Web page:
TAPPER: Carter would eventually make a few good friends. But those friendships would be short-lived. Combat Outpost Keating was about to be attacked. Carter and his fellow soldiers would have their character tested in ways they could never have imagined.
TAPPER: We will have much more on Staff Sergeant Ty Carter later tonight in a special documentary presentation. "JAKE TAPPER REPORTS: AN UNLIKELY HERO" that will air at 10:00 p.m. Eastern and then again at 10:00 p.m. Pacific. If this battle happens to ring a bell, the president gave a Medal of Honor in February to a different soldier in that battle, Staff Sergeant Clint Romesha, for actions during the same battle. The last time that one battle resulted in two living service members being awarded the Medal of Honor was 1967. It's a testament not only to those two soldiers and to their fellow troops, but to the insurmountable odds that they faced.
Coming up next, town halls, Obamacare fury, it seems some members of the GOP are partying like it's 2009. Could the push to defund Obamacare backfire? Just how far are Republican leaders willing to go? I'll talk to Florida governor Rick Scott now coming up next about his next play in the ongoing battle with the White House.
Plus, Tiger Woods is taking it easy again as another injury threatens his golf game. And this time, he's blaming his hotel. We'll explain ahead in our Sports Lead.
TAPPER: Welcome back to THE LEAD. I'm Jake Tapper.
In political news, it kind of feels like a little deja vu. Remember all those angry 2009 town halls about Obamacare? Well, Republicans are bringing them back, but with a twist: now complete with "defund Obamacare" banners. Republican senator Ted Cruz, the latest flavor of the month for the 2016 presidential race, is one of leading voices in the movement. But as he saw last night, some members of the audience weren't so receptive.
(BEGIN VIDEO CLIP)
SEN. TED CRUZ (R), TEXAS: There is a new paradigm.
CRUZ: Gentlemen, thank you for sharing your views. You know, part of the First Amendment is about respecting the views of others.
(END VIDEO CLIP)
TAPPER: That battle is being fought state by state, as we inch closer to the October 1st launch of the health care exchanges. Cruz says this is the GOP's last best chance to kill Obamacare. Is he right?
Let's bring in Florida Republican governor Rick Scott, who has many strong views on Obamacare. Florida has fought many of the elements.
Governor, the move being led by Senator Cruz and your fellow Florida Republican Marco Rubio to refuse to fund the government unless money for Obamacare is taken out of the budget, do you support it?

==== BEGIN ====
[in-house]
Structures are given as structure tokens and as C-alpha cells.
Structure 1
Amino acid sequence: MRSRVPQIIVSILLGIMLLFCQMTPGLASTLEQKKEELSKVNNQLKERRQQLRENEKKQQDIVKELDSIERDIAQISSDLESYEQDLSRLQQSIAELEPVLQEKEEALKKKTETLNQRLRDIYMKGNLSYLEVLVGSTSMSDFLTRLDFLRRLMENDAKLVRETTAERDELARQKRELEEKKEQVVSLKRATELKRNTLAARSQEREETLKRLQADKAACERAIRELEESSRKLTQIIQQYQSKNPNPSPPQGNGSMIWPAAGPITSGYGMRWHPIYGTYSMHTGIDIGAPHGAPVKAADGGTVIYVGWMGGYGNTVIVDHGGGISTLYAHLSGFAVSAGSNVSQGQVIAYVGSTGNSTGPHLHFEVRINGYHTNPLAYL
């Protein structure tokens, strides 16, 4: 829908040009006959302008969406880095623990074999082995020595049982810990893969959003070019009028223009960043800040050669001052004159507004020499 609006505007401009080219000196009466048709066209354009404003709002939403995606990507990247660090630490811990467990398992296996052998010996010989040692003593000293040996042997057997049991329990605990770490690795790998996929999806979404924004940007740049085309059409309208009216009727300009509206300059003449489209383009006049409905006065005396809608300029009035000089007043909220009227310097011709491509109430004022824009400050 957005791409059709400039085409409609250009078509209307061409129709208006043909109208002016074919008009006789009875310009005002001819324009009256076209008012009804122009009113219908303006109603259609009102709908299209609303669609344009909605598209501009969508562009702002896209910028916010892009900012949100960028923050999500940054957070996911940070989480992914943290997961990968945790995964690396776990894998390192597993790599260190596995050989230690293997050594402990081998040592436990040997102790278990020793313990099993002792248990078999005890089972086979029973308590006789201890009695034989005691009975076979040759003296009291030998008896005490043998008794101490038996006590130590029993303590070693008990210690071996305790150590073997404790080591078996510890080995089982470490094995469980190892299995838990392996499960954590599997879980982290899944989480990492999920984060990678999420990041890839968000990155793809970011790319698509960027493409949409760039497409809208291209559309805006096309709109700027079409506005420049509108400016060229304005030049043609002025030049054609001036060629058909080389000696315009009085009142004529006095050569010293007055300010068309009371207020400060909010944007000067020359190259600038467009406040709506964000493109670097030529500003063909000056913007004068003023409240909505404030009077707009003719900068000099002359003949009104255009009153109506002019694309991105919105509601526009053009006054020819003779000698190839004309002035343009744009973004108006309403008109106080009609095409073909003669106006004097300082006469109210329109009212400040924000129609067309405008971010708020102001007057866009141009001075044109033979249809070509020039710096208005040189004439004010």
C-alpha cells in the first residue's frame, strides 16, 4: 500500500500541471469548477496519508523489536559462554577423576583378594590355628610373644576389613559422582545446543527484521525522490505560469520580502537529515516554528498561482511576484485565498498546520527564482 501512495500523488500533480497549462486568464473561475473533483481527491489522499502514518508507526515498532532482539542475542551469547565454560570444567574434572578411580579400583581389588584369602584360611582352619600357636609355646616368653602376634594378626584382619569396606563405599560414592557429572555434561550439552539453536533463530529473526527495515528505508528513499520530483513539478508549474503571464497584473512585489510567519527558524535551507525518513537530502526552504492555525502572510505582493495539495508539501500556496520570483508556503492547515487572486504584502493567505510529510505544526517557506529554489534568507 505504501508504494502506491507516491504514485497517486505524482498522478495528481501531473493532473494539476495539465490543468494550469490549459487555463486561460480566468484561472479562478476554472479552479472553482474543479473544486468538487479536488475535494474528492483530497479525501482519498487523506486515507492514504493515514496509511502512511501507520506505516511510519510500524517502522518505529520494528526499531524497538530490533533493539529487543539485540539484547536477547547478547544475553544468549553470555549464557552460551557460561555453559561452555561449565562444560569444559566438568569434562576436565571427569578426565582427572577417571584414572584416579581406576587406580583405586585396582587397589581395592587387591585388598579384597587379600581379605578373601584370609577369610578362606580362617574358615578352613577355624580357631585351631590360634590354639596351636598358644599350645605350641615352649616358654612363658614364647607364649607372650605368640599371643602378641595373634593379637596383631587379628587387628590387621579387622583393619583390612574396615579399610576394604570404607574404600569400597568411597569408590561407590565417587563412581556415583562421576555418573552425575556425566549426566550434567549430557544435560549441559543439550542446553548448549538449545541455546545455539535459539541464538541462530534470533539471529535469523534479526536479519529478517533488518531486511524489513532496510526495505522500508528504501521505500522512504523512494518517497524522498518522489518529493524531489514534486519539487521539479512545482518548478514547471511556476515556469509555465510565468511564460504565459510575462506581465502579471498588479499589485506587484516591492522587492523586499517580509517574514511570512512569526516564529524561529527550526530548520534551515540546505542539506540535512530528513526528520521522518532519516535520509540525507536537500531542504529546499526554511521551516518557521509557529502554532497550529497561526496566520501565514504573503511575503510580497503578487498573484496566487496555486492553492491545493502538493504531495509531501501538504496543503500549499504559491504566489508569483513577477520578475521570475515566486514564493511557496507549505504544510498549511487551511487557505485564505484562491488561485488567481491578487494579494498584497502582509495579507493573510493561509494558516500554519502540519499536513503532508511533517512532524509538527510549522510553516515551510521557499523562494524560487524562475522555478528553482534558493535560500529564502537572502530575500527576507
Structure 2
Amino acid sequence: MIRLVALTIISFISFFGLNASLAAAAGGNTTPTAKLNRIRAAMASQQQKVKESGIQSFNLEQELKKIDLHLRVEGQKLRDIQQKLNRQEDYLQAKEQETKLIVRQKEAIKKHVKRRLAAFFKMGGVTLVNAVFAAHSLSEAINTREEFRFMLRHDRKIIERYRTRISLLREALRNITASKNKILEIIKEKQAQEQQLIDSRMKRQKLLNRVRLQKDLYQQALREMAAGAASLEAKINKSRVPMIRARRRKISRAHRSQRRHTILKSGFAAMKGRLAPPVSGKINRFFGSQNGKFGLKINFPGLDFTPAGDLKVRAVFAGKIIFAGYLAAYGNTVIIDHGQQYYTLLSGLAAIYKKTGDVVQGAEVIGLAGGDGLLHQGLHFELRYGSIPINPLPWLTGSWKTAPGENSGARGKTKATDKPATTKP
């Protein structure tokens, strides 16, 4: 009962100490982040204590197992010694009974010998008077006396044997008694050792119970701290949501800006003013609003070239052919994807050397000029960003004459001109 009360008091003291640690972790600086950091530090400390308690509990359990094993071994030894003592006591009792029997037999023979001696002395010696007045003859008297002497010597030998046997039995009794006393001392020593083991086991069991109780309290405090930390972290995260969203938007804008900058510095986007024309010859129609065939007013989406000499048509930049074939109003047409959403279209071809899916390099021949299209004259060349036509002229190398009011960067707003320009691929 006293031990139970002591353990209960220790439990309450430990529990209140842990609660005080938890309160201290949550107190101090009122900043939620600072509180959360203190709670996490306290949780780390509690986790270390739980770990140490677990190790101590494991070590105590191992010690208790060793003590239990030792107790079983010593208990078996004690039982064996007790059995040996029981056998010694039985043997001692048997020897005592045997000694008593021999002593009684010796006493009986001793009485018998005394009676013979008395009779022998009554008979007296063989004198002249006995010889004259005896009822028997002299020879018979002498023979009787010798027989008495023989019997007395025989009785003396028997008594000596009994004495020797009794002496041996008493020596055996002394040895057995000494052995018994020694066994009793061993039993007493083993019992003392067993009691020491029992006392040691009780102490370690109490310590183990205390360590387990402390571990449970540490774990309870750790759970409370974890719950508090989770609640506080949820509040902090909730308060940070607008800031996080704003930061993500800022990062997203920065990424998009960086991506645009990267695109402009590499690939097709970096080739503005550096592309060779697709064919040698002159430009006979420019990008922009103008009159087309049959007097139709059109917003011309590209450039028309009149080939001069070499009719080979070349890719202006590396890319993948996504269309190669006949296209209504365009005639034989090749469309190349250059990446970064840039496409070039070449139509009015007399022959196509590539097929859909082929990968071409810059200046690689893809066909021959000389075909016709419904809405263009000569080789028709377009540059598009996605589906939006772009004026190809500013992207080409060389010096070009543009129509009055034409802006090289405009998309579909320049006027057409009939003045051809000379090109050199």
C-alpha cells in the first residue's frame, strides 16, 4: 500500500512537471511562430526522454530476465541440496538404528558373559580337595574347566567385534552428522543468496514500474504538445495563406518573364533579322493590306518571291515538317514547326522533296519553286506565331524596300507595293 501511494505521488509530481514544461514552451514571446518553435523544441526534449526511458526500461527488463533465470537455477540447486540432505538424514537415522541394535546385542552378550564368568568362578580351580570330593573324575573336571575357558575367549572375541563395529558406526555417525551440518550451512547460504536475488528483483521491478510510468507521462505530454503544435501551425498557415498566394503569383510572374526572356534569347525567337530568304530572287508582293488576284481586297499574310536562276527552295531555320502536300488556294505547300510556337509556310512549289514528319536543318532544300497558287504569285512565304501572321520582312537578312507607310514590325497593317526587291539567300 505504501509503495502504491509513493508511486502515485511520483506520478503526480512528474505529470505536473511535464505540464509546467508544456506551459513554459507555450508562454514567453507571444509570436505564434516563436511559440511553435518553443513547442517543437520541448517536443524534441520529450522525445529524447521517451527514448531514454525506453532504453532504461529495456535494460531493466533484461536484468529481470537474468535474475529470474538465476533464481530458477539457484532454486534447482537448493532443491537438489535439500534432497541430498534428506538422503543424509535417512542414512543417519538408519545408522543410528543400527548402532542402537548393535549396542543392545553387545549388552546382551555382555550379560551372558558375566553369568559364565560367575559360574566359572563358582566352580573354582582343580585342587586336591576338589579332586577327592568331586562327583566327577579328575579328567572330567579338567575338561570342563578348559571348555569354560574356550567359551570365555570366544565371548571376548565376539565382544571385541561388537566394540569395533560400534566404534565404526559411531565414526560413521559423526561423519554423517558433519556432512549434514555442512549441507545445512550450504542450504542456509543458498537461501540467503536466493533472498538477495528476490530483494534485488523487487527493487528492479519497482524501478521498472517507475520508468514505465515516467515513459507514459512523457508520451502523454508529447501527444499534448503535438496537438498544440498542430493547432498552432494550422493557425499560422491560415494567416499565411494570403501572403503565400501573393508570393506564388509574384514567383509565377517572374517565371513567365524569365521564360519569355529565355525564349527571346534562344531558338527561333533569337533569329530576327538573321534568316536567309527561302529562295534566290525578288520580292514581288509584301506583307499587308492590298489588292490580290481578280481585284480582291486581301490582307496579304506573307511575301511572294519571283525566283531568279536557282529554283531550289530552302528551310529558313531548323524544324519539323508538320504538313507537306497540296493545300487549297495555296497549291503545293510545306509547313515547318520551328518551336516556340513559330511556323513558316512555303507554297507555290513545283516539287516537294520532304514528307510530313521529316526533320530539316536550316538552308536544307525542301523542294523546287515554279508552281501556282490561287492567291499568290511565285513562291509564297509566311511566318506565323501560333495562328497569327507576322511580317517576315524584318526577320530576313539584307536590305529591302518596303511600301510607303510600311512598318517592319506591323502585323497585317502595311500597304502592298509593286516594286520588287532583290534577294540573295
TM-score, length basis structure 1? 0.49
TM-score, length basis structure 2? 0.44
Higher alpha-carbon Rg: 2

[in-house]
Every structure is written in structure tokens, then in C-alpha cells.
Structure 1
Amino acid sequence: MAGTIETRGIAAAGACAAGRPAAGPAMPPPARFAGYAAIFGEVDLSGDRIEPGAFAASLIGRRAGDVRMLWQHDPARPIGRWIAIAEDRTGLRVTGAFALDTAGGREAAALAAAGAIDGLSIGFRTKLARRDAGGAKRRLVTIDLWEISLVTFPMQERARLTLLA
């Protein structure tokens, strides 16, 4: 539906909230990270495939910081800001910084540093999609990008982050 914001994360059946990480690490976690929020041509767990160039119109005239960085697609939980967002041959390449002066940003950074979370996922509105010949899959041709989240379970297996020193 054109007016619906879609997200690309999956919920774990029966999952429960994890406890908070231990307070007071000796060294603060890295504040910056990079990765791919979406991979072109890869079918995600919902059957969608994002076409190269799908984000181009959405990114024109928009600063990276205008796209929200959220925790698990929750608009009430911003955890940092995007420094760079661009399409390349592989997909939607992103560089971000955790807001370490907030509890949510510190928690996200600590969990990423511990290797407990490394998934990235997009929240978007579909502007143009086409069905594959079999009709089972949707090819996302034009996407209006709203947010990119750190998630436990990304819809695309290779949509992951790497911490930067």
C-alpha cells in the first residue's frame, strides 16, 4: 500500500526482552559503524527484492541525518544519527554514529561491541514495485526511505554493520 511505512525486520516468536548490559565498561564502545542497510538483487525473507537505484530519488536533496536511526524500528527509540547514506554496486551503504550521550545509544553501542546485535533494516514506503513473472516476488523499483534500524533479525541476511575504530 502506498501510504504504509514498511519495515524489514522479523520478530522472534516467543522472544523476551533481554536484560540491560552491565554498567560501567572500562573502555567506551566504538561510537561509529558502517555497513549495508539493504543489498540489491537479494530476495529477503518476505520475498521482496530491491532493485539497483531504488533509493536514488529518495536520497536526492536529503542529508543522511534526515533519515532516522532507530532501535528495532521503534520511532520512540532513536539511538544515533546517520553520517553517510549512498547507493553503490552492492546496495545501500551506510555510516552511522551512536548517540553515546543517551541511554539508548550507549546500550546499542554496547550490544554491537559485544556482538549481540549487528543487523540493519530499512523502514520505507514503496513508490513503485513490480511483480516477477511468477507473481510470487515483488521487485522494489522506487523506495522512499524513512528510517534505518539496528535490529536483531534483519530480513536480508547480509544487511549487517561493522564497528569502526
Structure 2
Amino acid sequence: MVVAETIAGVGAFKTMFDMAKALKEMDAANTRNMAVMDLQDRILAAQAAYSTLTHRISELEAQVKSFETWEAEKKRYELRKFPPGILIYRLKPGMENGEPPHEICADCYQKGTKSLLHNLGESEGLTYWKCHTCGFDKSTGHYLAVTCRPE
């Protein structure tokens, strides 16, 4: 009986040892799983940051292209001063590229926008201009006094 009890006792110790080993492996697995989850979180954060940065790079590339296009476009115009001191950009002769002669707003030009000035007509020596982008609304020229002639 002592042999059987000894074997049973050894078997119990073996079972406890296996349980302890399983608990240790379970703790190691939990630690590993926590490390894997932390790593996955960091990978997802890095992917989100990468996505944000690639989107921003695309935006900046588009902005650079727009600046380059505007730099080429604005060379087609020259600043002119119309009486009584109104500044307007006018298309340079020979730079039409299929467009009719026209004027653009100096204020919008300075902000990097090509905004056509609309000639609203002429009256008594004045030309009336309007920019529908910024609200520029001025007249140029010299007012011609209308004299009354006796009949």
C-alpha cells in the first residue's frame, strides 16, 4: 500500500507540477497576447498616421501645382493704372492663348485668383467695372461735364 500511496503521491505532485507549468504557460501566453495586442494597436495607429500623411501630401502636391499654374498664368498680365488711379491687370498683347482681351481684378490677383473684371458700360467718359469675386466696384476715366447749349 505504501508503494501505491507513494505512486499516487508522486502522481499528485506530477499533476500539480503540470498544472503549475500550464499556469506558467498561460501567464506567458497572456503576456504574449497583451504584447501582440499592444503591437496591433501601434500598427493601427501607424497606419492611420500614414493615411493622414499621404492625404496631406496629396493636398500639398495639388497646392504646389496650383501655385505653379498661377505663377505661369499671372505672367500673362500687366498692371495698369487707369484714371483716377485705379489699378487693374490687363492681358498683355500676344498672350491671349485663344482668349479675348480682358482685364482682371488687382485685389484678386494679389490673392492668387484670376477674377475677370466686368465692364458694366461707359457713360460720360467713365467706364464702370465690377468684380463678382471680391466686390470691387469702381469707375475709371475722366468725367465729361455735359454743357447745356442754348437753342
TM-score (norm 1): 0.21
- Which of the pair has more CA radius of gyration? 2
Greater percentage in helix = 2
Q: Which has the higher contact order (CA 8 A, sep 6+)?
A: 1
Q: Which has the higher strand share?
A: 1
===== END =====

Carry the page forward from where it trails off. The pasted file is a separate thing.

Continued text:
GOV. RICK SCOTT (R), FLORIDA: Jake, here's what we know. Obamacare is going to cause a lot of problems, it's not a good law. I didn't support it. They're going to have to figure out how to make sure they replace it with something that improves quality, access, reduces the cost. So, however they do that is the right thing to do. You know, the federal Congress has to figure out how to get that done. I hope it's done.
My focus is on the privacy issues for our citizens in Florida with these new navigators. We don't have any idea how they're going to -- we have so many unanswered questions. Who will do this, what's their backgrounds? Who are they going to share the information with? What information will they have? Are you going to tell people you're going to share their information? That's my concern today.
TAPPER: I want to get to those navigators in a second. The navigators, for those watching, are these individuals that the federal government provides funding to the states and these individuals are supposed to use the information provided by consumers who are confused to enroll in online exchanges.
But I just want to try one more time, do you support the push by Cruz and Rubio to say don't fund the government unless Obamacare is taken out of it? Other governors have weighed in, Governor Walker opposes it. Other people support it. You are somebody who has political strategy; you got to the governor's office without having held elected office before. Do you support what Rubio and Cruz are doing?
SCOTT: Here's what I support. I support replacing Obamacare with good policy. They've got to figure out the right way of doing it. In my state, what I've done -- I had a $4 billion budget deficit. I used smart budgeting to get things done. They've got to figure out if that's the right way of getting rid of it. We need to have a logical immigration - or logical health care policy that makes sure we have good access, quality and cost. But they've got to figure out whether it's defunding, but they need to replace it with good policy.